New research indicates that when God is included in a project or sales pitch, people take risks they might otherwise not. That’s encouraging yet odd, given that Alan Hirsch says the American faith community practices a “risk-averse Christianity.”
Researchers at the Stanford Graduate School of Business recently added a counterintuitive twist to existing research about God and risk-taking. In the February issue of the Association for Psychological Science, they wrote how consumers, when presented with the concept of the divine, even in an offhand manner such as an ad on social media, take risks they might otherwise not. Even risk with a bit of danger.
Those findings seem to contradict longstanding research that the idea of God and religion makes people less likely to engage in risky behavior, such as gambling. The Stanford researchers note that previous research had focused on behaviors with a negative moral connotation, like drug use. Their study involved neutral or positive behaviors like sky-diving or innovating or purchasing new products. Mention God and people are more apt to take a leap or make a purchase.
These findings are of course open to abuse such as hawking God to sell high-priced homes. But they do raise a question. Alan Hirsch, an Australian and self-described “missional activist,” criticizes the American church as practicing a “risk-averse Christianity.” It is not a place you associate with risk, adventure, or creativity. Instead, most churches cater to a crowd that feels a need “to secure the kids.”
Hirsh is right that all quests involve risks. We see this in the opening chapters of the Bible. God gave Adam and Eve a mandate to “cultivate the ground” (Gen. 2:15). This involved risk-taking as the first couple took flora and fauna and experimented. They mixed and matched fruits and vegetables, cultivating by trying and failing.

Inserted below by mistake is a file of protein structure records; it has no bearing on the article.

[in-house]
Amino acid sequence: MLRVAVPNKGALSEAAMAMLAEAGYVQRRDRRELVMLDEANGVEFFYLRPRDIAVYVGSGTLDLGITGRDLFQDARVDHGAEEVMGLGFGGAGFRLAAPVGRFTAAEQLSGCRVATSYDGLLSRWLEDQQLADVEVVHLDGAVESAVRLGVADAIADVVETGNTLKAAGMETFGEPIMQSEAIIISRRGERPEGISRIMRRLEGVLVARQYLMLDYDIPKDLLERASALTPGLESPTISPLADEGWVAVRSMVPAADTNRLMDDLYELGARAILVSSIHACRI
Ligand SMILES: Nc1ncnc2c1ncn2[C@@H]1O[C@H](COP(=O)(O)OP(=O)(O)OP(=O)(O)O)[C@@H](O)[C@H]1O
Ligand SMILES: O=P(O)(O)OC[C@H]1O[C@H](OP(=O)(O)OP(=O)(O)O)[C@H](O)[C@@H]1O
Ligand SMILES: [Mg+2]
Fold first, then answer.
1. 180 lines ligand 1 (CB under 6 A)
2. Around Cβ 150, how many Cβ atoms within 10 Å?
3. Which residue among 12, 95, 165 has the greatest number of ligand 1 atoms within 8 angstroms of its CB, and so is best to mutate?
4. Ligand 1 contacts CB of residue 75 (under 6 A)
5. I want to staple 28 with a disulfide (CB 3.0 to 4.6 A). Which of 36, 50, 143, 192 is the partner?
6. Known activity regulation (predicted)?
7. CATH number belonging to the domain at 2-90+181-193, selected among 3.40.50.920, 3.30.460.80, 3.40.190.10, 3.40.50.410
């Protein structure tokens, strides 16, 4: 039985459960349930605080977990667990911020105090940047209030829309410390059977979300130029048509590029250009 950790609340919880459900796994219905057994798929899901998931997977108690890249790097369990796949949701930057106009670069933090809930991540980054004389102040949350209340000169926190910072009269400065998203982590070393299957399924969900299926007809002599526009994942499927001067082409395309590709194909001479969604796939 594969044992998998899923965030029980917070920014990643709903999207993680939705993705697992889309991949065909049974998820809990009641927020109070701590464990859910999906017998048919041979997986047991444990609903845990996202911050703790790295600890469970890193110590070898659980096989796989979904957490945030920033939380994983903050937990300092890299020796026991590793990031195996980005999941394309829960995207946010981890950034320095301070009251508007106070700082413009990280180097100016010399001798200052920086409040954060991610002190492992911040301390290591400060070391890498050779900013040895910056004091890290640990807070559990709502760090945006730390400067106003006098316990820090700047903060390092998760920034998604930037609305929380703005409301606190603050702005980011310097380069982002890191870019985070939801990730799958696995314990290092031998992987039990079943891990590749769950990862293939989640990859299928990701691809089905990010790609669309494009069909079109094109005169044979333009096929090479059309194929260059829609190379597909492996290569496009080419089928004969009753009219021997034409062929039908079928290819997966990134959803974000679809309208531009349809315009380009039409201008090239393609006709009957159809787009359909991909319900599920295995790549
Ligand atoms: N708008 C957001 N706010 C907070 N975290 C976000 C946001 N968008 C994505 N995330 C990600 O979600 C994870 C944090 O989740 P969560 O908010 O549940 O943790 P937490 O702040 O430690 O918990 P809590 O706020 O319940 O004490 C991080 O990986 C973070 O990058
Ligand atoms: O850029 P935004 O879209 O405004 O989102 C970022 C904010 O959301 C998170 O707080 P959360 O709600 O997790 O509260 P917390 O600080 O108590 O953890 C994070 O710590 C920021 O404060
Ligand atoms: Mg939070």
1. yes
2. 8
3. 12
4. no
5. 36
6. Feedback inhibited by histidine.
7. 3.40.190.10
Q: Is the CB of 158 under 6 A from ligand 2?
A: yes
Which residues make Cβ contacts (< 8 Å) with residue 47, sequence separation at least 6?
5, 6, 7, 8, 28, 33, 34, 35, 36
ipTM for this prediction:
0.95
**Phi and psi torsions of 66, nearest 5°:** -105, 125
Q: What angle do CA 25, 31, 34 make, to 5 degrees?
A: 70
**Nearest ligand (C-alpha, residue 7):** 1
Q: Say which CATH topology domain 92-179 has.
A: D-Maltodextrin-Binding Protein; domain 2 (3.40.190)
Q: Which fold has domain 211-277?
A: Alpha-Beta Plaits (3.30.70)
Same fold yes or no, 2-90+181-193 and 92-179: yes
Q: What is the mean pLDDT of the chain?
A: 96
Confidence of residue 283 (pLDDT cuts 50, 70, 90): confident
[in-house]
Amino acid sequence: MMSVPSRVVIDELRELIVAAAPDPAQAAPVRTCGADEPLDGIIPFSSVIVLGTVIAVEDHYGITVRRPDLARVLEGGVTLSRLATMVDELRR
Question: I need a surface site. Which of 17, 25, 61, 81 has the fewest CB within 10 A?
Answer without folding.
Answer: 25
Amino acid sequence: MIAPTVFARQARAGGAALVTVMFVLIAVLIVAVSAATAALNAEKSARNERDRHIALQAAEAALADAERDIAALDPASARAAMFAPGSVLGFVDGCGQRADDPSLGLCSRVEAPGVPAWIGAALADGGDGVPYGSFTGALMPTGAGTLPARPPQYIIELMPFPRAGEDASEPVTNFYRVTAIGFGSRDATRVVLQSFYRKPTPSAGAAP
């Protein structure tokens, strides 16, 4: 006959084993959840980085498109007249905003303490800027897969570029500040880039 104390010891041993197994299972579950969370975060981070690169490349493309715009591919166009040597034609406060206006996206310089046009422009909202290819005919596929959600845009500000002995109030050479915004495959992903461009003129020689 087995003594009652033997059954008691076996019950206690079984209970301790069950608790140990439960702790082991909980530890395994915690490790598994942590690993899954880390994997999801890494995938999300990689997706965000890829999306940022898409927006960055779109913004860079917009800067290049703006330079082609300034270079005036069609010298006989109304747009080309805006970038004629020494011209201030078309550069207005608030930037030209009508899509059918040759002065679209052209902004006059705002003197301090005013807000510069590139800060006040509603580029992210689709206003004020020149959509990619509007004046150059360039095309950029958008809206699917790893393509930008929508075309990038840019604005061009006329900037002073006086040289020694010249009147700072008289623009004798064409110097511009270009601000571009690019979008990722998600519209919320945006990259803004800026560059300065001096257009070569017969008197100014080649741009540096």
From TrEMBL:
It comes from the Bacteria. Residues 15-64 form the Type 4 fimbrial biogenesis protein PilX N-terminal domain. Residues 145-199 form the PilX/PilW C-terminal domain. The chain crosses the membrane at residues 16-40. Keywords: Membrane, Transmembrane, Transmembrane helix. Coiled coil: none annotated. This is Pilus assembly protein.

This was dangerous work. “Danger” originally meant to be under the authority or power of a lord or master. Subjects didn’t know how things would turn out. Adam and Eve didn’t know how their work would turn out—only that God is good. They were encouraged to take risks they might otherwise not, even risk with a bit of danger.
This mandate to “cultivate the ground” continued after the fall in Genesis 3. Some risks are responsible while others are not. Older faith traditions recognized this. That’s why they used the metaphor of travelers or sojourners to describe growth in the faith. Travel comes from the English travail, meaning “a journey fraught with danger.” Life is supposed to be an adventure, a word the church enriched to include “risk and danger” (beginning in the 1300s) as well as “perilous undertaking” (late 14th century). Life is risky.
The good news is that younger people, some of them Christians, are repudiating the risk-aversion of older Americans. It’s fascinating to learn of “free-range” parenting. The philosophical opposite of “helicopter” parenting, “free-range” parents give their children the freedom to walk together around the local neighborhood without parental supervision. Research indicates they are just as safe as supervised kids.
Or there are young entrepreneurs starting companies with a social mission. Aaron Hurst describes them in his wonderful book, The Purpose Economy. These entrepreneurs are taking risks—as a young couple I know discovered on “Shark Tank.” They were told to back off on mission and focus on making money (money then mission). As Christians, they believe it should be both/and. They’re willing to take risks to be difference makers.
I also know a seminarian giving up a full-ride scholarship to pursue a hands-on innovative theological education. He’s taking seriously Donald Miller’s assertion that the current seminary model is not effective. This seminarian is willing to take the risk because he sees insufficient return in our prevailing educational approaches.
The Stanford research gets it right. When God is included, people take risks they might otherwise not. Even dangerous ones. This “new” news is old news in the Bible. Given time and the increasing influence of these younger Christians, we might even begin to see the American church become less risk-averse.
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